“You are my sunshine, my only sunshine…” The tune drifts out across the sweet-peas and cabbages of a community garden in Islington North. It is a perfectly sunny day and 75-year-old Roy, a former hospital porter, is serenading a group of pensioners on his mouth-organ. In another rose-strewn corner, two children chase butterflies, while their family snacks on a picnic lunch.
The idyllic scene is the work of local residents, who cultivate King Henry’s Walk Garden and open it to the public on weekends. Together with The Garden Classroom charity, they are transforming Islington, a borough which has the city’s least green space per head. Users span the constituency’s widely unequal social range, from well-paid professionals, to schools with some of the country’s highest proportion of free-school meals.
Henry’s Walk typifies the passions of the constituency’s allotment-loving MP, Jeremy Corbyn. The Labour leader is an unsurprising hit with visitors. He is a “lovely man”, says 90-year-old Petal, who uses a wheelchair. “I can’t condemn him as being a softie, as some people say.”
Not everyone is so hopeful. “Whoever gets in won’t do much good – the country’s in a state!” says mouth-organ playing Roy, a lifetime Labour voter, who is sick of politicians full stop. Andy, the site manager and chainsaw-wielding beekeeper, is leaning towards voting Lib Dem. And there are seeds of doubt about Corbyn himself: “I often wonder if he is powerful enough and strong enough to be able to do what a leader of a country has to do,” adds Petal, politely.
So could these concerns lead to humiliation for the constituency’s longstanding MP on 8 June? It’s unlikely – he had a 21,194 vote majority in 2015. But they could put a dent in his support and his security as party leader. Or so his opponents hope.
Michael Foster, who is standing against Corbyn under the banner “Labour for the Common Good”, represents this attack at its most internecine. “Labour belongs to its voters and not to party members, and not to party activists,” the former Labour donor told my New Statesman colleague Patrick Maguire. The Liberal Democrat candidate, school governor Keith Angus, claimed that disillusioned Labour voters are also swelling Lib Dem ranks. “We’re getting support from people who would ordinarily define themselves as Labour, but they are in despair at Corbyn as leader – they are seeing this as the opportunity to get their party back.”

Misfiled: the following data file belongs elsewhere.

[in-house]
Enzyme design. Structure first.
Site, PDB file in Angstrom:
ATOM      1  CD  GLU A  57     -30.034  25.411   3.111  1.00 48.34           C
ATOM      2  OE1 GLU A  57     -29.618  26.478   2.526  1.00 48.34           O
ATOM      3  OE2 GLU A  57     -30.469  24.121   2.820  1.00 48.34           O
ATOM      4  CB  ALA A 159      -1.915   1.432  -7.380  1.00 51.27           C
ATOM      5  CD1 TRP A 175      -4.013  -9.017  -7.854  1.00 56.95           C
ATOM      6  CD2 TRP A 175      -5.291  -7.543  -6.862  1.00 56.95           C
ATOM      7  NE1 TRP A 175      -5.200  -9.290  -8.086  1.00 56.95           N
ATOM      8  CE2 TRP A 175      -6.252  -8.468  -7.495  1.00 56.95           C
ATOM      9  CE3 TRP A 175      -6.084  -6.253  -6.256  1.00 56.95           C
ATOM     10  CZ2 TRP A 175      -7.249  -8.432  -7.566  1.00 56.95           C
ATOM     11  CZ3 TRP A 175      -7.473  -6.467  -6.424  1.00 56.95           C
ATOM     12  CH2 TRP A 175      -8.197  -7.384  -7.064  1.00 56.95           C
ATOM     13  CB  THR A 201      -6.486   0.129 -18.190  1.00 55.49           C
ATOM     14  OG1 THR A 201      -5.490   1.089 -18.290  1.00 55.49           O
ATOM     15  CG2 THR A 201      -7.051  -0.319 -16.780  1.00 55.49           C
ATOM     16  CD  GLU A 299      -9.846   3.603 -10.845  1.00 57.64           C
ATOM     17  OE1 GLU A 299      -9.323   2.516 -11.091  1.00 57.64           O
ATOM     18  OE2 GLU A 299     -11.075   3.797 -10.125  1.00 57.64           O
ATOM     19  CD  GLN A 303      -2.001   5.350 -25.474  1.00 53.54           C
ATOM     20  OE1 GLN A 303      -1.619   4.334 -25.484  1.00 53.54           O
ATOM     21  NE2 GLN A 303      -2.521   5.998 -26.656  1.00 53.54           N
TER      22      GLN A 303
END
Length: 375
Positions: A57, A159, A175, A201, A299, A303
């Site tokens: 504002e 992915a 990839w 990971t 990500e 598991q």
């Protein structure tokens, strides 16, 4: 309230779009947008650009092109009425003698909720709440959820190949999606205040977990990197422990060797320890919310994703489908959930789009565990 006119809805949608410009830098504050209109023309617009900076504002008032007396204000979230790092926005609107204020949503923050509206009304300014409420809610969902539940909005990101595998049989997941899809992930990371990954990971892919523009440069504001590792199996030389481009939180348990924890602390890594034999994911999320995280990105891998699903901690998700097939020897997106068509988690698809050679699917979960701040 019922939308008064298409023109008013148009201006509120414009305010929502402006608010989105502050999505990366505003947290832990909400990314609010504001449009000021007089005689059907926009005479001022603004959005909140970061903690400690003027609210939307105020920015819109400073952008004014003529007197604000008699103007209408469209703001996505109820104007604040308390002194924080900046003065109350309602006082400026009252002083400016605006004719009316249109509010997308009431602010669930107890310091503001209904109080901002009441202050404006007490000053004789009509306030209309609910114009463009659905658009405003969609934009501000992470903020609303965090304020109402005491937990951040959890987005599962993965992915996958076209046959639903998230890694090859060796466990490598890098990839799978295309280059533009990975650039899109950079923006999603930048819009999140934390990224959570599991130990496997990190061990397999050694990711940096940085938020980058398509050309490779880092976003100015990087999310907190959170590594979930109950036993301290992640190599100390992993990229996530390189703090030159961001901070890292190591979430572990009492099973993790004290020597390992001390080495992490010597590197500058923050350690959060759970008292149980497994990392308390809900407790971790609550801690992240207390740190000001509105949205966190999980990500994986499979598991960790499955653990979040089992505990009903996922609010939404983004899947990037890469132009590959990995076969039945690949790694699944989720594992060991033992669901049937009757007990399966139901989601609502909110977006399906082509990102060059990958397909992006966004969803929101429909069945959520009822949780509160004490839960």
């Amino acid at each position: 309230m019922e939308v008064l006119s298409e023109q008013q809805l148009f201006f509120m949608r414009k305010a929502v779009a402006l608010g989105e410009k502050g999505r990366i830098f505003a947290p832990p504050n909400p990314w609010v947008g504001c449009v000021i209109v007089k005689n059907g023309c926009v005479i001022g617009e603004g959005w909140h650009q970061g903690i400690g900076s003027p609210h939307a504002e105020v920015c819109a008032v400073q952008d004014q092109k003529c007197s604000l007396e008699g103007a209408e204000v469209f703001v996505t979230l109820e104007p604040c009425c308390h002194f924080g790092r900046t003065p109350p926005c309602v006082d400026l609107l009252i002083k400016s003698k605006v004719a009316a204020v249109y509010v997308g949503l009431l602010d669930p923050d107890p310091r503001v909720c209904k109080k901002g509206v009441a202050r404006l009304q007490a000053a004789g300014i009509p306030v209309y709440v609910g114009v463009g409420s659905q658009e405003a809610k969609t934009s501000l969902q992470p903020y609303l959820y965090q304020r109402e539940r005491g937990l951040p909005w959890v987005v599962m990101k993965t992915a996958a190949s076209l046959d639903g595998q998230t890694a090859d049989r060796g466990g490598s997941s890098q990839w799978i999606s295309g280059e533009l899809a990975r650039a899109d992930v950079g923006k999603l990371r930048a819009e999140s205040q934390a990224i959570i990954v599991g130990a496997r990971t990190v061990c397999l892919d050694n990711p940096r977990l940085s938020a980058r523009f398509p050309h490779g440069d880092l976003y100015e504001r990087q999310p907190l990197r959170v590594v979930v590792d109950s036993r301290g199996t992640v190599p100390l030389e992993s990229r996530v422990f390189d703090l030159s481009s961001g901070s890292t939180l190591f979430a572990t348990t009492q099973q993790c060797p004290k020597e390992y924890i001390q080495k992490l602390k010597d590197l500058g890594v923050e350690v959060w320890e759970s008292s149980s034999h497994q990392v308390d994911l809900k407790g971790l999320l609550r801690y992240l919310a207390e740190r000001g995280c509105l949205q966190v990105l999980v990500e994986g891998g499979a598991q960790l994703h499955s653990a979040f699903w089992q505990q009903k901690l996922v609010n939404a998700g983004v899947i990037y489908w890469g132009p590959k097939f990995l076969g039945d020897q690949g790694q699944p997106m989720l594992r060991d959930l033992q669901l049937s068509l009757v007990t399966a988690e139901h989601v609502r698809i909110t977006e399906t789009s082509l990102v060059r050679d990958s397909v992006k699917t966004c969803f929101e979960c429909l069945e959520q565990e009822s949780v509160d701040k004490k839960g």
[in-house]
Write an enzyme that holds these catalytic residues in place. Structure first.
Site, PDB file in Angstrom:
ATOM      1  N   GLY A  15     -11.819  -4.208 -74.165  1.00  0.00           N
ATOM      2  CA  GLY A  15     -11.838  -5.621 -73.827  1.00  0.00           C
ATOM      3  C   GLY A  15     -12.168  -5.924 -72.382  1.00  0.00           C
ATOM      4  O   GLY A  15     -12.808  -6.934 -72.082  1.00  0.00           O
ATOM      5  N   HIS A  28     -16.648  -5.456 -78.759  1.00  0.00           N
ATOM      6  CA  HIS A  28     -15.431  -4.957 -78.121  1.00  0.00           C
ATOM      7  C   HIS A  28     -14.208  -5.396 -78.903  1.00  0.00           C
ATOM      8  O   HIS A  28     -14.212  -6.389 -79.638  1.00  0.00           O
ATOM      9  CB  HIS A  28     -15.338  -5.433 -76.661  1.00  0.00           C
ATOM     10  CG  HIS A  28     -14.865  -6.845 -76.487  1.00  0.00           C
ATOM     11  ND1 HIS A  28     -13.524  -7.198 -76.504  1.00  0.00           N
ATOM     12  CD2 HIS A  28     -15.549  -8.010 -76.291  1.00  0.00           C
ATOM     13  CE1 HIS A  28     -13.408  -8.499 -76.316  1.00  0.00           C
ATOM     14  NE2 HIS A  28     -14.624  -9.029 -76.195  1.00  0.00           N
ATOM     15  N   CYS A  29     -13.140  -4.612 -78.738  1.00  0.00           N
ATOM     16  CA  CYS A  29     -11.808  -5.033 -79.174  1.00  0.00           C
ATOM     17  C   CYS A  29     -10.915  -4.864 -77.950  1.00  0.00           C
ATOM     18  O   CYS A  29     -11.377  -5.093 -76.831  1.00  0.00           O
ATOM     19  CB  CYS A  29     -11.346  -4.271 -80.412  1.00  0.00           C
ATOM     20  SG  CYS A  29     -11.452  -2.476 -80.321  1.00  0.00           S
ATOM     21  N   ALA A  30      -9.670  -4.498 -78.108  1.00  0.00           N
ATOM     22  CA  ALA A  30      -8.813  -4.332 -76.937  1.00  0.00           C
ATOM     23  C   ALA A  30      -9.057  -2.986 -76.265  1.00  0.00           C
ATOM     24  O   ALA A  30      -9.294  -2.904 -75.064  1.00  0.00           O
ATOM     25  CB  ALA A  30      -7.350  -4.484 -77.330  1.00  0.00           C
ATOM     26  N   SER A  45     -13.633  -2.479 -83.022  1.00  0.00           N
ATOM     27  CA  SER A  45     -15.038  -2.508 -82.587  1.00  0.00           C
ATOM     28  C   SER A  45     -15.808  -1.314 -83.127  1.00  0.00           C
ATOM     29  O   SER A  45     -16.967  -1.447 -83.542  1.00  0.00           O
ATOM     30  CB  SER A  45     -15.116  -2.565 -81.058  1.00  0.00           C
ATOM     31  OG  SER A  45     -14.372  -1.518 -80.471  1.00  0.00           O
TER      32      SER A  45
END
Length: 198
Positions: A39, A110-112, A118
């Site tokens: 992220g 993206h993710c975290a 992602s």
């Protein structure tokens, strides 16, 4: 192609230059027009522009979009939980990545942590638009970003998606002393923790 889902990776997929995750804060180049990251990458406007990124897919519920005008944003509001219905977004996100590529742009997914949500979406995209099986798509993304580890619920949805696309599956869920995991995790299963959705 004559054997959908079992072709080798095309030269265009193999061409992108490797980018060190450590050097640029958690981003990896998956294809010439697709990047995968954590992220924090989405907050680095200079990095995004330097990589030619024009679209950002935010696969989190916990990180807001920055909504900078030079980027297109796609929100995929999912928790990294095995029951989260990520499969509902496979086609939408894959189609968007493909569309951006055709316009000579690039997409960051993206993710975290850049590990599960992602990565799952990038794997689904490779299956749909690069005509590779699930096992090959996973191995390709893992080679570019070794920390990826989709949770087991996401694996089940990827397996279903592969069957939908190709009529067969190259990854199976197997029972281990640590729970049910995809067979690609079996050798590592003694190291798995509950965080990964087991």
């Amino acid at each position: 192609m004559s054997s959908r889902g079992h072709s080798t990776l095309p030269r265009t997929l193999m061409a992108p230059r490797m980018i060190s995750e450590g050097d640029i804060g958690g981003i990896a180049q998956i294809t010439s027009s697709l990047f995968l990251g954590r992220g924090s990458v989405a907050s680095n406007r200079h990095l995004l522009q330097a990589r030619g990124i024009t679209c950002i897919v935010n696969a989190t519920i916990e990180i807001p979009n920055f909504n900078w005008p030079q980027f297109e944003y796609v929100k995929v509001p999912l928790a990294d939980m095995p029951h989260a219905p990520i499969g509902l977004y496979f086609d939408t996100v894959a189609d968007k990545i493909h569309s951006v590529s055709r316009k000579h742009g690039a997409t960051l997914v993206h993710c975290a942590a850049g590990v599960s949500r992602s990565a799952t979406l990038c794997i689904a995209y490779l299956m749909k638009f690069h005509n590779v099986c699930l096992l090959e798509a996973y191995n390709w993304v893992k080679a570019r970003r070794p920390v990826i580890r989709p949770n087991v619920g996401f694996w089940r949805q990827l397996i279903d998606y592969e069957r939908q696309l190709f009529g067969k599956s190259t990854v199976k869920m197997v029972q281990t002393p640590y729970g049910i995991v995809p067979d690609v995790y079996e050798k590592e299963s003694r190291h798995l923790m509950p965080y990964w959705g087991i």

It is Green Party candidate Caroline Russell, however, who could do Labour most damage from the left. I meet up with Russell on a drizzly morning, and find her striding Islington’s streets in practical brown leather shoes. Her pitch is not limited to the environment; it stretches from support for electoral reform to a promise to tackle the injustices of the gig economy. A train-shaped bit of topiary even becomes a reference for renationalising rail.
On the doorstep Russell meets with a sympathetic response. Like the Lib Dems, she is going hard on Corbyn for his limp response to Brexit: “In relation to the referendum I think he’s made a terrible, terrible mistake,” she says. Plus, as a local councillor, her knowledge of the constituency’s problems rivals those of the MP himself. “She gets things done and she’s the only opposition councillor against Labour,” says Elaine, a former Labour supporter who is now campaigning for the Greens.
Left-wing opposition within the constituency could therefore drain some of Corbyn’s support come 8 June, as will voter indecision and apathy. This could play well for the Conservatives, who placed second here in 2015. But there is also a sense that Labour’s base is rooted deep and growing – not just out of loyalty to their local MP but from a sense that the wider party needs shoring up.
On Sunday 7 May, the same day as the borough’s very first nature festival, hundreds marched from Islington to Hackney in a protest against rising knife crime. Those I spoke to on the streets were all committed Labour voters, including a primary headteacher who believes that Labour and Corbyn are the only responsible choice. Back in Henry’s Walk garden, a similar concern for the vulnerable is widely shared. A 25-year old woman, with a sister in social care, says that while she likes the Greens, it is Corbyn who will get her vote.
90 year-old Petal, a life-time Labour voter and former teacher in London’s inner-city schools, perhaps sums up this weary resolve best: “It can make you want to just let it all go,” she says of austerity, poverty and rising care costs, “but unfortunately we can’t. We have to continue to think for ourselves.”
You can find the rest of our consituency profiles from the 2017 general election here.